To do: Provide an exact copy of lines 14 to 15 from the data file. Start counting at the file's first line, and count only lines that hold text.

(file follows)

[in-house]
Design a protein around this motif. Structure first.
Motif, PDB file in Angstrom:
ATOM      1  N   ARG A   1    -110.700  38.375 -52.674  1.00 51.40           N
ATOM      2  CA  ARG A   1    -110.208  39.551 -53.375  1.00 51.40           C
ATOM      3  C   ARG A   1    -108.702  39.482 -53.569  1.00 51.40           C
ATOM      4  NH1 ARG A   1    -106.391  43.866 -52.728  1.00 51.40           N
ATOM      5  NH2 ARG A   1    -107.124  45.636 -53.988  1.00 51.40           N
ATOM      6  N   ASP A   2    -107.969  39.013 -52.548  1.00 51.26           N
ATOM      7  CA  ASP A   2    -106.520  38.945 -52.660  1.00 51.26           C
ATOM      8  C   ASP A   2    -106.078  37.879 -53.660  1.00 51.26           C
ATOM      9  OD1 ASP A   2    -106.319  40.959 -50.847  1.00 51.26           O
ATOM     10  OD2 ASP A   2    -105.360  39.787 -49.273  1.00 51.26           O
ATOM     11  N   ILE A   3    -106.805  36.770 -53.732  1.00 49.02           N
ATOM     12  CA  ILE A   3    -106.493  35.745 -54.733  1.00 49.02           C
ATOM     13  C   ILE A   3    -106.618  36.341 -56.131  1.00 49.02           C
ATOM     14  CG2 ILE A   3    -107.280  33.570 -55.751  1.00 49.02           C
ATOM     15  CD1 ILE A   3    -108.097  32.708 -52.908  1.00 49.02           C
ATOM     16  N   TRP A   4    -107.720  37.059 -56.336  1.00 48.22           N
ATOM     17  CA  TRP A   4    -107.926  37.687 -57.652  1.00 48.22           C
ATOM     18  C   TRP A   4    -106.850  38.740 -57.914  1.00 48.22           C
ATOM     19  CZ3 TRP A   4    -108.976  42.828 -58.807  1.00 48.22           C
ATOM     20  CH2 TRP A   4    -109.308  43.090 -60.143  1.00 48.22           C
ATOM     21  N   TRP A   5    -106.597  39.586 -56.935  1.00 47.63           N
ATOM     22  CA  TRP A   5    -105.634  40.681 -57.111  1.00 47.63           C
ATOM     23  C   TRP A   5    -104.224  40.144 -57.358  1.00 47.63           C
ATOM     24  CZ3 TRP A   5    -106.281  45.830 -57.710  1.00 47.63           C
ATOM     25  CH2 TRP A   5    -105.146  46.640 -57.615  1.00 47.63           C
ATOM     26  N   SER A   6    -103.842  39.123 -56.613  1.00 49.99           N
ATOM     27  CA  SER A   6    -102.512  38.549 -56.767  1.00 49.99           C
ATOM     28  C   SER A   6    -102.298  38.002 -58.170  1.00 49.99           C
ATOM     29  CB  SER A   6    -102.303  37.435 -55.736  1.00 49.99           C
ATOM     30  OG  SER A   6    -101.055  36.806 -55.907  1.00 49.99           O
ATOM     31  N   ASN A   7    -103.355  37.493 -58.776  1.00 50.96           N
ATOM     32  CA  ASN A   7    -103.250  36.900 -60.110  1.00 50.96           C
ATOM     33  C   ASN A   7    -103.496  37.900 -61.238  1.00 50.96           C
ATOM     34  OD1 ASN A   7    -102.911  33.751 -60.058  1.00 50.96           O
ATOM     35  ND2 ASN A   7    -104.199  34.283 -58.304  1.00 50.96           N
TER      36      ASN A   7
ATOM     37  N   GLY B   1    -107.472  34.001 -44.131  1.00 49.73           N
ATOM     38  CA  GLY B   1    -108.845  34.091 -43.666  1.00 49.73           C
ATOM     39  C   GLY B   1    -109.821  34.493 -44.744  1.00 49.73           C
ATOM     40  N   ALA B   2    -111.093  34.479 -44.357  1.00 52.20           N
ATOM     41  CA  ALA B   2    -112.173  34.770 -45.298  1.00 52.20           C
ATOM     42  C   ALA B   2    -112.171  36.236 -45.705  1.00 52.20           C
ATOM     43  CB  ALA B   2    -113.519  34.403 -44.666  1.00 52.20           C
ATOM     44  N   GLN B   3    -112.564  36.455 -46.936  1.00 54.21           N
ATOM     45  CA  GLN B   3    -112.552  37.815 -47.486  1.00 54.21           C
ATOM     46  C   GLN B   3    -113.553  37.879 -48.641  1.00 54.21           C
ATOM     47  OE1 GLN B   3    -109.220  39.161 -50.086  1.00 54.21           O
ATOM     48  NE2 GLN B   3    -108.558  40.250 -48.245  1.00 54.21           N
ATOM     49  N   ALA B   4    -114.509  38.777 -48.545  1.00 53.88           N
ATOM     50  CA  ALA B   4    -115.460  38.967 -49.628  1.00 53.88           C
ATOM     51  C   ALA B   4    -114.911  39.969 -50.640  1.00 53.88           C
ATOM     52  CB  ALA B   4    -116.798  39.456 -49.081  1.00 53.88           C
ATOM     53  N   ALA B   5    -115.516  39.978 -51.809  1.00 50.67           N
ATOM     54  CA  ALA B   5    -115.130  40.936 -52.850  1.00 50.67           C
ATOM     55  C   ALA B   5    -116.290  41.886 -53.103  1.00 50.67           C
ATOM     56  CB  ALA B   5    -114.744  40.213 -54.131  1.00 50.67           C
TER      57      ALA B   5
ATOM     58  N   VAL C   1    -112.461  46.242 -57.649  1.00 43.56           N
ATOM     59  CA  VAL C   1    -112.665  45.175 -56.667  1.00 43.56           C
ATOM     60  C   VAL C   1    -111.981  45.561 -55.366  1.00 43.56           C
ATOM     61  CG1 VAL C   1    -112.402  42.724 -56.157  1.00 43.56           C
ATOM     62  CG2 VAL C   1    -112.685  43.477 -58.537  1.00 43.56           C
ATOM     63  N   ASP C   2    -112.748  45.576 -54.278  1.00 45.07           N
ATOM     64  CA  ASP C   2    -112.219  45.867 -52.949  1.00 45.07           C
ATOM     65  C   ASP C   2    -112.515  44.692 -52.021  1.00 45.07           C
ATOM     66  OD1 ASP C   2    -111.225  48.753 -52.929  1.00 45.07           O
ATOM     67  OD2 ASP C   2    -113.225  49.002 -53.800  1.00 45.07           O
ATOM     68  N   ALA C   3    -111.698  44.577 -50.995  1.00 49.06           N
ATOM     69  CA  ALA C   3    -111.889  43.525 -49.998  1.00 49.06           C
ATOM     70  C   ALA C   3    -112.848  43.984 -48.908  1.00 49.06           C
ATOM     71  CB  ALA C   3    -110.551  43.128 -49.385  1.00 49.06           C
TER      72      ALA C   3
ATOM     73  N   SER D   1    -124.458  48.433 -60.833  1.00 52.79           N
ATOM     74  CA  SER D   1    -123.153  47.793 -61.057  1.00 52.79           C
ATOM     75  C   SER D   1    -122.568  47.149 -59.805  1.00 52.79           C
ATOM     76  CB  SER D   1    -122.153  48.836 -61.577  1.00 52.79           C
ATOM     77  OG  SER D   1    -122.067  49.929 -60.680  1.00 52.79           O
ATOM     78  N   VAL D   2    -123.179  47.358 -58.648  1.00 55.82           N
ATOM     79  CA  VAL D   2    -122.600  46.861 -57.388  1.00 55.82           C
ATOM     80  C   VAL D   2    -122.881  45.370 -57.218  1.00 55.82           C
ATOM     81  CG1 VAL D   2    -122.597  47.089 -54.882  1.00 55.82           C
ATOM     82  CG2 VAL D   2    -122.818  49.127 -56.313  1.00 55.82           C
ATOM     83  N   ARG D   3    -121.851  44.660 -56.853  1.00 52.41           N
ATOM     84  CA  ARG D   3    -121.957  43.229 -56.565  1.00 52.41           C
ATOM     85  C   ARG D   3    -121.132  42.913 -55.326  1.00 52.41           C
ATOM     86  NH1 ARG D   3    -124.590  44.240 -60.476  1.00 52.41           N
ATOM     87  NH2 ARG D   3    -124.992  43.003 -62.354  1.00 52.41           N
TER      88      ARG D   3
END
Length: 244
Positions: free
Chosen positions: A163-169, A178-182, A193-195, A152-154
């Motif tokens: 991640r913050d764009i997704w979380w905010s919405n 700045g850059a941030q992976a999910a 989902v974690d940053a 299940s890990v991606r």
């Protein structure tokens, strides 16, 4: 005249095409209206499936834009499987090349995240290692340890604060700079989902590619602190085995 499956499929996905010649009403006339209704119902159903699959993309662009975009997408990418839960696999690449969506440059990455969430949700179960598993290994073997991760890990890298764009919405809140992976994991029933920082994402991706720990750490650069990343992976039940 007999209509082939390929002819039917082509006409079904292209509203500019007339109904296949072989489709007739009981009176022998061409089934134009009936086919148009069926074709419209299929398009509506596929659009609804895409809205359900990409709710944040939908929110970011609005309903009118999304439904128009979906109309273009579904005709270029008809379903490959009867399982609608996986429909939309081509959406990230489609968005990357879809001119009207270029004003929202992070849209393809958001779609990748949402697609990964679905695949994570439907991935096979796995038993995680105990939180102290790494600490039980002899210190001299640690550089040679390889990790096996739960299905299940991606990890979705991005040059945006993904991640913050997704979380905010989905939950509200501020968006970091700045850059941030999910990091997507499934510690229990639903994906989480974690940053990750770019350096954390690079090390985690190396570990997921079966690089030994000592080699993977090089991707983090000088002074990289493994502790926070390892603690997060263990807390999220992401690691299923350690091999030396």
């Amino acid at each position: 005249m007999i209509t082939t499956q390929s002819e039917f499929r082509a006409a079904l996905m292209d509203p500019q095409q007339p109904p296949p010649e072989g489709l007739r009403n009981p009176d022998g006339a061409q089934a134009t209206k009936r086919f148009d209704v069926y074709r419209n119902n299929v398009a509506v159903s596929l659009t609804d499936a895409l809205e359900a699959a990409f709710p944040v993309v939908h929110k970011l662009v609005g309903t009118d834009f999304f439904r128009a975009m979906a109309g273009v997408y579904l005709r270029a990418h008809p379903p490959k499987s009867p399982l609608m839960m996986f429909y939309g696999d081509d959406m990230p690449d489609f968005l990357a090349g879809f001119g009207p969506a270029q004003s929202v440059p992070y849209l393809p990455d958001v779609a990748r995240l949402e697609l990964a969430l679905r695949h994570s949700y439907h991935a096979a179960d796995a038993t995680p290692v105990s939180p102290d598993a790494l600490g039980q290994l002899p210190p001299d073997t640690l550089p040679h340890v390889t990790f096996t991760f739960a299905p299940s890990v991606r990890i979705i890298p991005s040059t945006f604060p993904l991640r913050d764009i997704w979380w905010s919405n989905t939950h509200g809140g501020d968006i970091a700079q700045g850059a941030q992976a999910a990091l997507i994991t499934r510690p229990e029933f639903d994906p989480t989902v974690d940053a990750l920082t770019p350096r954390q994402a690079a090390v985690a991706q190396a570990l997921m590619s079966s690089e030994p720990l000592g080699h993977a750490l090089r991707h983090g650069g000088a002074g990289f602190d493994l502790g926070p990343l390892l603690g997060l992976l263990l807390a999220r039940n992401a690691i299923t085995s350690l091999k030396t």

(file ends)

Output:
ATOM     11  N   ILE A   3    -106.805  36.770 -53.732  1.00 49.02           N
ATOM     12  CA  ILE A   3    -106.493  35.745 -54.733  1.00 49.02           C